BLACK SOULS (Anime Nere) A-
Italy France (103 mi) 2014 ‘Scope d: Francesco Munzi
I made this film in a town that legal professionals and journalists stigmatize as one of the most mafia-ridden places in Italy, one of the nerve centres of the Calabrian ‘ndrangheta: Africo. Africo, in the province of Reggio Calabria, on the Ionic coast has a beautiful coastline and is unknown to tourists. When I said I wanted to make the film there, everyone tried to discourage me: it’s too difficult, it’s inaccessible, it’s too dangerous. I arrived in Calabria full of prejudice and fear. I discovered a very complex and diverse reality. I saw mistrust turn into curiosity, and people opened their doors to us. I mixed my actors with the residents of Africo, who acted and worked with the cast. Africo has a very tough history of criminality, but it can help us understand many things about our country. From Africo, we have a better view of Italy.
─Director’s Statement, Francesco Munzi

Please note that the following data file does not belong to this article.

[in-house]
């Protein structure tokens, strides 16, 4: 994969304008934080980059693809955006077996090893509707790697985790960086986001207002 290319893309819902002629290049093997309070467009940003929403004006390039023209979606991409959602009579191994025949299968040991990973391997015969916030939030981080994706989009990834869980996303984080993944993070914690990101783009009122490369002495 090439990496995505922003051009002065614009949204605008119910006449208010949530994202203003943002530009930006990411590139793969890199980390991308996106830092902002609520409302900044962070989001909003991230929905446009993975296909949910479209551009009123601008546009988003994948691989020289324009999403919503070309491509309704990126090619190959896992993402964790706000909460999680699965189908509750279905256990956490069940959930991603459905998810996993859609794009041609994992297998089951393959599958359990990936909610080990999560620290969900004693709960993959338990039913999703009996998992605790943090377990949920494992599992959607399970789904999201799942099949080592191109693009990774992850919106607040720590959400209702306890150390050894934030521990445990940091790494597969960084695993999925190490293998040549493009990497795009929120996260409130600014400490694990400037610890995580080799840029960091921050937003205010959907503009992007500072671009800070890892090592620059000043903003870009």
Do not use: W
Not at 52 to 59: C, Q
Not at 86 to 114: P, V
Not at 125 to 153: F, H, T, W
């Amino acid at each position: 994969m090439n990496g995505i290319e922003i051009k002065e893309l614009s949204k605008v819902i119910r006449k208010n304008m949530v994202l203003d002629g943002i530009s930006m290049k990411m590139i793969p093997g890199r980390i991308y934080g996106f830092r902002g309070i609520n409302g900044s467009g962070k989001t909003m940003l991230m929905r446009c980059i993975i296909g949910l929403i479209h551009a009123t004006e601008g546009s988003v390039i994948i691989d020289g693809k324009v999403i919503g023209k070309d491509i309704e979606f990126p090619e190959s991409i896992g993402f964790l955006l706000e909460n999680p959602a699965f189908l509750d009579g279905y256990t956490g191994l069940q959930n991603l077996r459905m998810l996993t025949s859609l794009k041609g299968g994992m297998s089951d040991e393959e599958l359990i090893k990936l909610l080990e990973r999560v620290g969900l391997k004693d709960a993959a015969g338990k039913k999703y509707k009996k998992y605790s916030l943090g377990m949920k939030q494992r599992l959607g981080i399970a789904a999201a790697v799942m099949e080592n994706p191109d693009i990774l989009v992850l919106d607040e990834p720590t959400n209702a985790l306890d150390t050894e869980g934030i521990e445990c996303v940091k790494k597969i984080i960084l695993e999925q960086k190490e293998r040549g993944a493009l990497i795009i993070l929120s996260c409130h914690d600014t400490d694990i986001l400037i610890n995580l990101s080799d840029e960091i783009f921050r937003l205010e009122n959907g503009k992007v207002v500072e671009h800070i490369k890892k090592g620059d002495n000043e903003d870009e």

Reminiscent of the raw, graphic reality of the Taviani brothers, where Tuscany has been replaced by the rustic interior regions of southwest Calabria, the toe of the country’s boot-shaped peninsula, a sunbaked region of rugged mountains on the Mediterranean coast where the harshness of the barren lands mirrors the starkly deprived economic conditions of the residents living there. Much of the film was shot in the ancestral town of Africo in the Aspromonte mountains, a region filled with stone churches, age-old traditions and ancient settlements, but also an area rife with criminal activity, as it’s the heart of the Calabrian mafia, known as the ‘Ndrangheta, a word that translates to “courageous men.” In the 1970’s they gained notoriety by kidnapping wealthy people, including the grandson of oil tycoon John Paul Getty, considered the richest man in the world at the time, held captive for five months, whose severed ear led to a $2.7 million dollar ransom payout for his release, which they quickly invested into the international cocaine market, a strategy that has resulted in a $60 billion dollar criminal empire as of 2013, where they currently control more than 80% of Europe’s cocaine traffic. The ‘Ndrangheta were also secretly involved in the Red Brigade kidnapping and subsequent murder of former Italian prime minister Aldo Moro in 1978, where due to the effects of the subsequent 1980’s government crackdown on the Sicilian mafia, the lesser known Calabrian ‘Ndrangheta has become the most powerful criminal enterprise in the world. Without delving into regional history or providing any narrative backdrop, the film paints a searing portrait of one particular family, providing a generational exposé of tragic proportions, allowing the viewer an insider’s view of the family business as it happens, becoming a meticulously detailed character study, highlighting the sharply contrasting personalities of those involved. In much the same way that Matteo Garrone’s GOMORRAH (2008) reveals how the local community was drawn into nefarious activities of the Naples mafia, based upon the journalistic revelations of author Robert Saviano (who received death threats afterwards), this film is also adapted from a 2008 novel by Gioacchino Criaco, who was born in Africo, revealing the intricacies of blood feuds and old-world customs that have been handed down through generations of interconnected family groups tenuously held together by marriage and blood lines. While Garrone’s film is a long, sprawling narrative filled with dozens of characters that is often confusing, this is a much simpler depiction, a story told without a hint of embellishment, held together by an enveloping mood of impending disaster, where much of it is expressed through long takes and extended wordless scenes.